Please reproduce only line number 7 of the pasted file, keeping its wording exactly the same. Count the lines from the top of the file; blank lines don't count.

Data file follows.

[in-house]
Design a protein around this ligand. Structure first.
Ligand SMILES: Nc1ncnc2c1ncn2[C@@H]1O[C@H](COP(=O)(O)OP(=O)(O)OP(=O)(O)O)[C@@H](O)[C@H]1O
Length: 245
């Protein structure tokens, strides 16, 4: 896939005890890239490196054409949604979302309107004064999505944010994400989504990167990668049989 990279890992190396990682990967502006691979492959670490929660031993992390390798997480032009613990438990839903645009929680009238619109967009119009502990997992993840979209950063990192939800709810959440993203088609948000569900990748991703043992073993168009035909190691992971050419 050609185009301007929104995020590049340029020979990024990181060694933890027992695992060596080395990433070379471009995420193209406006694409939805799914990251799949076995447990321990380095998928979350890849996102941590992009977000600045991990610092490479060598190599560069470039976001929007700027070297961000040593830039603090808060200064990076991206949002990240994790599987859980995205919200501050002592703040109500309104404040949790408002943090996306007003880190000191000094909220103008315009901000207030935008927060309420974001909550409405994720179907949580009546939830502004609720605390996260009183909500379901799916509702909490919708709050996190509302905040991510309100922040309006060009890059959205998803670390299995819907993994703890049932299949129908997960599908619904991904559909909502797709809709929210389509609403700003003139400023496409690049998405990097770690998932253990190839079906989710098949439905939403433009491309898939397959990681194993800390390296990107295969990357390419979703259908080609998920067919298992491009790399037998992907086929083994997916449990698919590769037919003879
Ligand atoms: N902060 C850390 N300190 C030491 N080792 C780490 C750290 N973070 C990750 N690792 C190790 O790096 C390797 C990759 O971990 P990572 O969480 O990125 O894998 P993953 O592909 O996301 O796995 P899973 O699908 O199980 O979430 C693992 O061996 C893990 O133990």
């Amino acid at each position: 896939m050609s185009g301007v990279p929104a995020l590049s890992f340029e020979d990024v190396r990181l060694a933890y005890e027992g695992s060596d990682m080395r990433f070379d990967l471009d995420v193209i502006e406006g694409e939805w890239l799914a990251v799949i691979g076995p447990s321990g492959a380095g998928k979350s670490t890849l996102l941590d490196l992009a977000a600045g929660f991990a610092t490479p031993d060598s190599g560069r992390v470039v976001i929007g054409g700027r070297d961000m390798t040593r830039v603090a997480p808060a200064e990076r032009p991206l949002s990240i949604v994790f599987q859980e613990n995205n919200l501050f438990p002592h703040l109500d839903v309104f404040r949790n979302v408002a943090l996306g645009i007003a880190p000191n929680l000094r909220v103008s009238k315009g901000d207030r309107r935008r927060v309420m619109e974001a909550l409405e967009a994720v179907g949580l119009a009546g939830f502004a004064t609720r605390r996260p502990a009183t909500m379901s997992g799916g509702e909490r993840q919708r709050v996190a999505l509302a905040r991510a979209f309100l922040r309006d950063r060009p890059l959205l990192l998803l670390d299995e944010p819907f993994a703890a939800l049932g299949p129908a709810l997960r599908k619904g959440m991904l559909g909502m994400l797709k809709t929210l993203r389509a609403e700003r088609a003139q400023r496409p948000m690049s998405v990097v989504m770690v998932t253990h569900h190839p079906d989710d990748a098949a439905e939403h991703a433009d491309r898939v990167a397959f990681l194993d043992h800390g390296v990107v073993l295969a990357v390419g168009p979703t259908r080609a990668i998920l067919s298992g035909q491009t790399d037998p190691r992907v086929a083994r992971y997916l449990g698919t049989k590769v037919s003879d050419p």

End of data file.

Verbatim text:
């Amino acid at each position: 896939m050609s185009g301007v990279p929104a995020l590049s890992f340029e020979d990024v190396r990181l060694a933890y005890e027992g695992s060596d990682m080395r990433f070379d990967l471009d995420v193209i502006e406006g694409e939805w890239l799914a990251v799949i691979g076995p447990s321990g492959a380095g998928k979350s670490t890849l996102l941590d490196l992009a977000a600045g929660f991990a610092t490479p031993d060598s190599g560069r992390v470039v976001i929007g054409g700027r070297d961000m390798t040593r830039v603090a997480p808060a200064e990076r032009p991206l949002s990240i949604v994790f599987q859980e613990n995205n919200l501050f438990p002592h703040l109500d839903v309104f404040r949790n979302v408002a943090l996306g645009i007003a880190p000191n929680l000094r909220v103008s009238k315009g901000d207030r309107r935008r927060v309420m619109e974001a909550l409405e967009a994720v179907g949580l119009a009546g939830f502004a004064t609720r605390r996260p502990a009183t909500m379901s997992g799916g509702e909490r993840q919708r709050v996190a999505l509302a905040r991510a979209f309100l922040r309006d950063r060009p890059l959205l990192l998803l670390d299995e944010p819907f993994a703890a939800l049932g299949p129908a709810l997960r599908k619904g959440m991904l559909g909502m994400l797709k809709t929210l993203r389509a609403e700003r088609a003139q400023r496409p948000m690049s998405v990097v989504m770690v998932t253990h569900h190839p079906d989710d990748a098949a439905e939403h991703a433009d491309r898939v990167a397959f990681l194993d043992h800390g390296v990107v073993l295969a990357v390419g168009p979703t259908r080609a990668i998920l067919s298992g035909q491009t790399d037998p190691r992907v086929a083994r992971y997916l449990g698919t049989k590769v037919s003879d050419p």